The Marine Grill Murals were created for the restaurant of the McAlpin Hotel at 34th Street and Broadway by artist Fred Dana Marsh in 1913, with maritime themes celebrating New York's important seaport. The subject matter ranges from Henry Hudson's ship to Fulton's steamship in NY Harbor. These terra cotta murals were so celebrated that the restaurant were later renamed "Marine Grill" - hence the title of the murals. In 1989, the McAlpin was being converted into a residential cooperative. NYC Landmarks Preservation Commission took possession of the dismantled terra cotta tiles and arranged for their storage. A decade later, Arts for Transit was asked by Landmarks if the murals could be incorporated into a New York City Transit subway station. With the help of designers and preservationists, six of the murals and the Marine Grill's famed ironwork entrance gate were installed in the passageway of Fulton Street/Broadway-Nassau station in 2000. In 2009, due to the construction of the Fulton Center project, the murals and the iron gate had to be removed and stored until they could be re-located to the new William Street entrance, thereby keeping alive an important piece of the City's heritage and an excellent work of terra-cotta craftsmanship. The murals are comparable to the subway system's historic medallions and plaques, many of which were also made by the Atlantic Terra Cotta Company. Collectively, they provide a rich and visually engaging environment in the transit system.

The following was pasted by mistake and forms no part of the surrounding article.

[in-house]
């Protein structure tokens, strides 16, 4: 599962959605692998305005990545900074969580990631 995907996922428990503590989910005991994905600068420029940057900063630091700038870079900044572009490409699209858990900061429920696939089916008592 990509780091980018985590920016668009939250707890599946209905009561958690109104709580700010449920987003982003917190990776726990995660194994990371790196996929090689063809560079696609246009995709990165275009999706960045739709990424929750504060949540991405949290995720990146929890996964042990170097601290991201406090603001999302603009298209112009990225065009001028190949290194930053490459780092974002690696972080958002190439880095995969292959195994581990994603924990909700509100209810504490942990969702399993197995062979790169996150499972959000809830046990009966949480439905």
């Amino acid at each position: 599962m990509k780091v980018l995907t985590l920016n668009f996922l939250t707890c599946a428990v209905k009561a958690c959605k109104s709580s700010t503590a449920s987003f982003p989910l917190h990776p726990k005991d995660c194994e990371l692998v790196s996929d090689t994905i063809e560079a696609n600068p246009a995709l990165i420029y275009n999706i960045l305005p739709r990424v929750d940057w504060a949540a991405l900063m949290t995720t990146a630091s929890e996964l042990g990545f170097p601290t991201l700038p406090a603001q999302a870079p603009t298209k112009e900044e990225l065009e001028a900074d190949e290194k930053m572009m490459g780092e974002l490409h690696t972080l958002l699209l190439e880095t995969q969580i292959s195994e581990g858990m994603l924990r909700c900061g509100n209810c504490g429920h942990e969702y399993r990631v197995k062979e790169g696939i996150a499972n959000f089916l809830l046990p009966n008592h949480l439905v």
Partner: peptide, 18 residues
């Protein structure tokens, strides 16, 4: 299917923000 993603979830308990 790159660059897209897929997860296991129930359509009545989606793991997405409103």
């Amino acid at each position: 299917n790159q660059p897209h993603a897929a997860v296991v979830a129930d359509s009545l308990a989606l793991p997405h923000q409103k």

Constructed, 1913
Renovation, 2000